The reason why something in the 85-105mm range for a full-frame 35mm camera is "good for portraits" is that it allows you to be three to eight feet away from the subject (a natural distance for social interaction) and get a head-and-shoulders to half-height sort of framing. There's nothing magical about the lens -- you'd get exactly the same picture if you used a 50mm from the same position and cropped afterwards -- including having the same depth of field at the same aperture and distance (modulo the effects of the physical layout of the sensor elements, which very slightly changes the game in the digital world). And you'd have to throw away a lot of data as well, whether you're working in the digital or film world.

The upshot is that the "right" lens is the lens that lets you take the picture you want to take with minimum cropping after the fact.

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I am, of course, disregarding highly specialised lenses, like tilt/shift lenses, lenses that change field curvature, fisheyes and microscopic lenses -- if you need any of these, it's for a reason, and you'll know what that reason is going in. –  user2719 Dec 20 '10 at 23:55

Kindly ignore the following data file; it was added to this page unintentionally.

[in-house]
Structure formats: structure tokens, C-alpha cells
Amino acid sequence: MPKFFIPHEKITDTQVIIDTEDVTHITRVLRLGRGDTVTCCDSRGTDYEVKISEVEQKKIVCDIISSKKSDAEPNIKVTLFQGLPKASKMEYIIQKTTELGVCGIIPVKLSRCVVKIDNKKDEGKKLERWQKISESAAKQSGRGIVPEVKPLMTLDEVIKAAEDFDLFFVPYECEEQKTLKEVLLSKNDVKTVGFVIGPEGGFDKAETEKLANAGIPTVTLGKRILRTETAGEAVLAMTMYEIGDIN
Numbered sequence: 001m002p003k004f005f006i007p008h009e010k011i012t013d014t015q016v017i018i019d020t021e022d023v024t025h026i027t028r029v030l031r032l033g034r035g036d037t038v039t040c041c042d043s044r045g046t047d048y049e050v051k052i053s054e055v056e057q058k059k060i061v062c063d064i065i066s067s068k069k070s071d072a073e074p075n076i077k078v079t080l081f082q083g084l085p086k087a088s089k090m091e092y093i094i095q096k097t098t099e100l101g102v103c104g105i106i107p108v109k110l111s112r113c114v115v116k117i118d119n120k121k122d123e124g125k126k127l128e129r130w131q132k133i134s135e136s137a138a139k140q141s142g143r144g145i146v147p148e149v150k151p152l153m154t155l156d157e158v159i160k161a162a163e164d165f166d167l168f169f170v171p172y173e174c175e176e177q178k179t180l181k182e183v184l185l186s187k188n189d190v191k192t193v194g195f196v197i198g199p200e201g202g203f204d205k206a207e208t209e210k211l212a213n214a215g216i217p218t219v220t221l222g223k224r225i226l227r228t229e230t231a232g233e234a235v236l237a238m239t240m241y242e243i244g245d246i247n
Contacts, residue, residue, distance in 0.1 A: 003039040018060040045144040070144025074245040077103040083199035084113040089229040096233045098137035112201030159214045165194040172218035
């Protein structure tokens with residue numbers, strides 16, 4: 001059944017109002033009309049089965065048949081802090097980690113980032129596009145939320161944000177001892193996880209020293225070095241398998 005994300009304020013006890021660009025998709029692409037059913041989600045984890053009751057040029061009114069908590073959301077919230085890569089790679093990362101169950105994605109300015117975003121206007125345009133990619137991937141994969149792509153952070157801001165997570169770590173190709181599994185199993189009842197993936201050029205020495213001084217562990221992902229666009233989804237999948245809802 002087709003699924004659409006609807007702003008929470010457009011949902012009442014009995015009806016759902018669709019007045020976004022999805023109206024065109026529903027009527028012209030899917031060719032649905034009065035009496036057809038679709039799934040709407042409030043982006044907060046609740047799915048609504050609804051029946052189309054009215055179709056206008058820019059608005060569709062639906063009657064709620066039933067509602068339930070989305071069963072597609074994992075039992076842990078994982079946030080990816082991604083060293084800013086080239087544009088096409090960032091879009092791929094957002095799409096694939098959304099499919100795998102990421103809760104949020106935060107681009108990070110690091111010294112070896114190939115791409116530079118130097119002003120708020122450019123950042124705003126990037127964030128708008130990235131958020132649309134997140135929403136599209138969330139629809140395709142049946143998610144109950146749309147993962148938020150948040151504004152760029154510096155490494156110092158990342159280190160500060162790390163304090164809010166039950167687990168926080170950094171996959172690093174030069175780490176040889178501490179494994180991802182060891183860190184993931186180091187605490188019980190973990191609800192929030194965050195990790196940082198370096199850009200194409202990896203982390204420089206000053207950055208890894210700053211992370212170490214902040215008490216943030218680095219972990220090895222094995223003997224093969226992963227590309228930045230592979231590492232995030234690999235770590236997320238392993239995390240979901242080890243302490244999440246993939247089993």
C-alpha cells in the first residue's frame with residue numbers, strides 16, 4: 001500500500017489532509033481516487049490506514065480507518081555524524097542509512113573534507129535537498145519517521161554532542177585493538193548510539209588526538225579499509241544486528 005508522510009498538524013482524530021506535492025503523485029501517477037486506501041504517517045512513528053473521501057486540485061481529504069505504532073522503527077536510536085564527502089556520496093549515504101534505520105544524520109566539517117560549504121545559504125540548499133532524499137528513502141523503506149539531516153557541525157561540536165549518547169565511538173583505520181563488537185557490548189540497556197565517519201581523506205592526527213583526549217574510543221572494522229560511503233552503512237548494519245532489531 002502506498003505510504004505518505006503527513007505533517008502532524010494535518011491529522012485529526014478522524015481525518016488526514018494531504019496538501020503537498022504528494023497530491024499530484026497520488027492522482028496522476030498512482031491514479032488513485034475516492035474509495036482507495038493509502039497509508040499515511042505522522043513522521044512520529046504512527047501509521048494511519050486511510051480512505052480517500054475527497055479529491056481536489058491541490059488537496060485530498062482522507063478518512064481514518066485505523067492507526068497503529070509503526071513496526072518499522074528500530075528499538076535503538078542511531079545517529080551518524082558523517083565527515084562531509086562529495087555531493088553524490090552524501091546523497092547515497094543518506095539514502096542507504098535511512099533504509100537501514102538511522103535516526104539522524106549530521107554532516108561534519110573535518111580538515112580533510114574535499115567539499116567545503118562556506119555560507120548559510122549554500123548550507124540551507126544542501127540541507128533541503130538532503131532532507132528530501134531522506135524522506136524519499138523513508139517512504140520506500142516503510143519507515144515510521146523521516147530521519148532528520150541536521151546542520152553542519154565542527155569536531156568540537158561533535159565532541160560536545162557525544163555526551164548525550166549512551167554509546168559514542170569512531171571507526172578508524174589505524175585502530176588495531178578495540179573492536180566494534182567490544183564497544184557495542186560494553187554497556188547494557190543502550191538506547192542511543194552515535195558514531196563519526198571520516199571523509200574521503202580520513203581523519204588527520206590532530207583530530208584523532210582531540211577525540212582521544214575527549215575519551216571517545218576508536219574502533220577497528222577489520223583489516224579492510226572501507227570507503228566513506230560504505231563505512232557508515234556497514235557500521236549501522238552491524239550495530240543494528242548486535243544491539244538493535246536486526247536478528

A 50 f/4 does not have the same depth of field as a 100 f/4. See photo.stackexchange.com/questions/4928/a/4952#4952 –  Evan Krall Dec 21 '10 at 1:02
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The lens-to-film distance changes with the focal length as well (meaning that the apparent size of the lens, and the "obliqueness" of the incident light) also changes. Until you get to focusing distances that require exposure compensation, yes, depth-of-field is a function of distance and aperture, not focal length. –  user2719 Dec 21 '10 at 1:11